What can the (Western) World do...? bring about a more equitable economic system that does not impoverish 3rd World countries... and the lies the USA mas made about "ensuring democracy"... the USA backs those that supports the USA's own greed and wishes. Has no one considered the history of what the USA has done to Cambodia, particulry under Nixon and Kissinger. I don't reptend to be an expert in this area, but the USA has plenty to answer for in many many countries.. child-trafficing is just th tip of the iceberg, just that it is one of the easiest aspects of depravation to get emotive about. This really is a very "comfortable middle-class" reaction without ever looking at the deeper issues. Just ignore those eh ?????????/

      December 22, 2013 at 9:54 pm | Reply
      • Christopher Minko

        http://peoplethingsliterature.com/2014/02/17/krom-me-twice-a-conversation-with-christopher-minko-part-ii/

        February 18, 2014 at 12:23 am |
  7. Hank

    Are you the same Mira Sorvino who won an Oscar starring in pedophile Woody Allen's movie?

    http://www.tribute.ca/news/index.php/woody-allens-adopted-daughter-confirms-he-abused-her/2013/10/03/#.UrHXxCc7XdQ

    December 18, 2013 at 12:18 pm | Reply
  8. gail mitchell

    there are two(2) women in the photo/ Mira's Cambodia Journal/the woman that is not Asian is my mother: sara frances allen Mitchell,i am gail Mitchell born 08071950; my grand mother , her mother was tzzadei allen her father was will sibley....please help me to locate her....my father is Walt Disney...I bought the projects we llived in in Atlanta Georgia called perry homesnow it is gail Mitchell homes/ I don't know where my brother sonny is.i am in Oakland, ca is am not to far from san Francisco,calif.....I am alive, my son Brandon and daughter akilah..my husband Brandon bruce lee passed away some years ago/ I am in constant contact with ottie allen...howard's wife.please call me if you can ms. frances....my phone is 5106126648....thank you. gail-lee-well-lee.

    February 5, 2014 at 4:15 am | Reply
  9. gail mitchell

    second thought...this person may be me/ please don't ask me...how could this be you.....please contact my grandfather prince phillip/ London England...Buckingham palace or eindinbrugh/.....I am queen Elizabeth...my permanent resident :215 w. macarthur blvd Oakland,ca.94611/ 5106126648 you hve to put a 1 in front of the 510/...I am part of the holy family. thank youso much gail allen mitchell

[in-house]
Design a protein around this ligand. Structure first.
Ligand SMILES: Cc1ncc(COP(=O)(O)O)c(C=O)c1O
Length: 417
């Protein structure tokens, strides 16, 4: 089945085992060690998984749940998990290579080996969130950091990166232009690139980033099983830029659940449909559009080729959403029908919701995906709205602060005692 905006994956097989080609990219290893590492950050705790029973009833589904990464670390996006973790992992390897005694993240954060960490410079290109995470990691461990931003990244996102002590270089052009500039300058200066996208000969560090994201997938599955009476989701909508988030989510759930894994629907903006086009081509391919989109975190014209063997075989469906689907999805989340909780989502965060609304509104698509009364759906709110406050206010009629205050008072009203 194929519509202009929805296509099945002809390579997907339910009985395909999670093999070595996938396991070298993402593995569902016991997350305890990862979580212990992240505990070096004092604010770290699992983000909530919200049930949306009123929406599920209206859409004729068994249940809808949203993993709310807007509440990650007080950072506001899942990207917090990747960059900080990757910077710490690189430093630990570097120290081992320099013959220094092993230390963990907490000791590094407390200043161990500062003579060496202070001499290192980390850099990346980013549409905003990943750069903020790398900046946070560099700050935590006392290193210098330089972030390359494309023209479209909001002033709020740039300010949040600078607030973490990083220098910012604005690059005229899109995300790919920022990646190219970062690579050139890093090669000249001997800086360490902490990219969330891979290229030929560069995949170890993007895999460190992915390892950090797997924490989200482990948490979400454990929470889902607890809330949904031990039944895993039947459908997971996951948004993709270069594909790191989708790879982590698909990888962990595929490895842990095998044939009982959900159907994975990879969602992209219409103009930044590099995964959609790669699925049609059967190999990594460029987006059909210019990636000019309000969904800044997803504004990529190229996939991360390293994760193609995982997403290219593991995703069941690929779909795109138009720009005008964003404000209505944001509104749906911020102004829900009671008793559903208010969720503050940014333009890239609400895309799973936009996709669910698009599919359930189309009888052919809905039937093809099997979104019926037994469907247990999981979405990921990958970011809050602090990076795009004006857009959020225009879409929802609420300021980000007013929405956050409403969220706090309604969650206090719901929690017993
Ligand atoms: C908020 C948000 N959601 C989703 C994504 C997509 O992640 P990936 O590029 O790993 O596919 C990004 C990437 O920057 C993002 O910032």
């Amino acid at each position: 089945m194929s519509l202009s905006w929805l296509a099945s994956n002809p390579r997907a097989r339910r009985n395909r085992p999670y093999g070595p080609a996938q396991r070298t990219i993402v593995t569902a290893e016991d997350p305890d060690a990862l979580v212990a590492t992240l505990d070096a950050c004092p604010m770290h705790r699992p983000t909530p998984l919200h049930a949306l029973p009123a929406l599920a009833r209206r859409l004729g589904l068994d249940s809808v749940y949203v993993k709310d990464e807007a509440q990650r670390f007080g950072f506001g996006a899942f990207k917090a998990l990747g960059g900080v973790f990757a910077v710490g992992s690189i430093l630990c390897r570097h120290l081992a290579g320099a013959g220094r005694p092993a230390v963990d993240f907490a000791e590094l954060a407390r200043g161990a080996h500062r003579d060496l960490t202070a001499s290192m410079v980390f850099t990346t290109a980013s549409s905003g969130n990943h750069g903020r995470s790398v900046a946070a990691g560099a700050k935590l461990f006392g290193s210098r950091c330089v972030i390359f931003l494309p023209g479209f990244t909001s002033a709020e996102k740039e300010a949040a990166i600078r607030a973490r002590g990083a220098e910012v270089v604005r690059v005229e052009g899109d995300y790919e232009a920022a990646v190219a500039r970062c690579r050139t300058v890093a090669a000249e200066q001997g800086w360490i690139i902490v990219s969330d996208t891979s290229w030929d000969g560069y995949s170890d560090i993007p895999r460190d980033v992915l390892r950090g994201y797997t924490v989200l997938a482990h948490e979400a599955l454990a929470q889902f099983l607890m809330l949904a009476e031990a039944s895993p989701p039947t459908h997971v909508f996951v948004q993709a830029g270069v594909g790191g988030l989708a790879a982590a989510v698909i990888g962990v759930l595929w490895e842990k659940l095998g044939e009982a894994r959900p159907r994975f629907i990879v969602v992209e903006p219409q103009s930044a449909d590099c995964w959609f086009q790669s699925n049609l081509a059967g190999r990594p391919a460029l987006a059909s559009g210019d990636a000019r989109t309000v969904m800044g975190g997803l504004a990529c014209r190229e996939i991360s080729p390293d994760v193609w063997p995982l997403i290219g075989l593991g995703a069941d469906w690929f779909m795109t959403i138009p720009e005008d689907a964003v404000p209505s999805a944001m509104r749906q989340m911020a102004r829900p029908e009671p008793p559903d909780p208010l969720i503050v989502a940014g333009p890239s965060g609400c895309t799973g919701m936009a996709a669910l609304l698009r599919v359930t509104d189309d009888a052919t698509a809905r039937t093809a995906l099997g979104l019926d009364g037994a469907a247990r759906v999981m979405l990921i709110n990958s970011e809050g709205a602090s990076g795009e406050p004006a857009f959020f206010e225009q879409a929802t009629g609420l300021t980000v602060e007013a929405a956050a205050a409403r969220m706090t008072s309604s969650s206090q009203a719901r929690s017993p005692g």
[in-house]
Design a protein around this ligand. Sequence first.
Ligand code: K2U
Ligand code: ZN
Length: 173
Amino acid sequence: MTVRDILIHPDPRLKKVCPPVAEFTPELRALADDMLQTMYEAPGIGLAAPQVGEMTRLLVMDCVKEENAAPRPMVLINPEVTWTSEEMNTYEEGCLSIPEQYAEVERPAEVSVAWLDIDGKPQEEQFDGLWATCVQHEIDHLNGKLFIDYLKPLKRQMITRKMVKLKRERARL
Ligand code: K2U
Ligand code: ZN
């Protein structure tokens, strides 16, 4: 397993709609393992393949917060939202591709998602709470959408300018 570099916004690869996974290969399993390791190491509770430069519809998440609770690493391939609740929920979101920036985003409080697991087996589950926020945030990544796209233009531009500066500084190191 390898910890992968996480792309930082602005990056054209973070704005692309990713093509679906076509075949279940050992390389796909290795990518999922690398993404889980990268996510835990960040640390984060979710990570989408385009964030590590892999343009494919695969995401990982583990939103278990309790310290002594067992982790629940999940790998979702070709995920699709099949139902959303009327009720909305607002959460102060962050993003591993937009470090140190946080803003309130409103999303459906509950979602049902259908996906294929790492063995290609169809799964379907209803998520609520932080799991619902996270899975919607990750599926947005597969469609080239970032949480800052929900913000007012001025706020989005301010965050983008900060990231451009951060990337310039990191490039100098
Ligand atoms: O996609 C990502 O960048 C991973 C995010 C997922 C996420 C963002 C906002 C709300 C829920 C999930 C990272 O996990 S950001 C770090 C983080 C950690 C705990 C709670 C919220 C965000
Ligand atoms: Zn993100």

February 5, 2014 at 4:24 am | Reply
  10. gail mitchell

    I have Fibromyalgia-lupus-autoimmune/ the rash on this lady is the same as mine.....from the lupus

    February 5, 2014 at 4:27 am | Reply
  11. human

    تحذير قد تكون مراقب
    هل تستخدم امريكا و اسرائيل الانترنت بمواقعه ( يوتيوب, فيس بوك, تويتر,غرف الشات..) للتجسس!
    warning you may be watched
    do usa & israel use the internet ( youtube, facebook, twitter, chat rooms,ect...)to collect informations,,,,can we call that spying ?
    why they ask for ur name,age,gender,occupation,place of work,ur mobile number.............ect, can they use these informations in a way that may harm you?!!!!!!!!!!!?!?!?!?!??!!?

    February 14, 2014 at 10:23 am | Reply
  12. Samuel Ohemeng

    You are doing a good job....GOD HELP US ALL

    March 2, 2014 at 5:12 am | Reply
    • Miles

      GOD HELP US ALL ??? was this not "GODS WILL" in the first place??? the same "GOD" that sent millions of women and children to the Gas Chambers... So this is your vision of a comapssionate GOD? This is the reality and any notion that we need a GOD like this is an insult to these people.... what would GOD be saying to these and other unfortunate people for whom there is no way out or relief. What did any of these young people do to "deserve" God's punishment ???

      March 2, 2014 at 1:52 pm | Reply
  13. LAURA

    What I find amazing is the Cambodian's mother's interviewed they seem to have beautiful eyebrows and nails, not the sign of a poor household at all. Are you sure these people are not using their children? no mother in her right mind would sell her child , please verify these stories. Thankyou for all your help and assistance but do not get taken in by false stories.

    March 22, 2014 at 3:24 pm | Reply
  14. ahmad

    Freedom means photophobia mean Alor means justice means to link paper thinking labs have promoted the creation of the Lord in order to be a free man in a free opinion in thinking are free to choose the goal God did not create restrictions in the hands of God did not create human slavery in order to inhabit the world of all rights of enslaved humans is demon exploits both humans does not have his heart in the space of photophobia area of light

    July 29, 2014 at 1:41 pm | Reply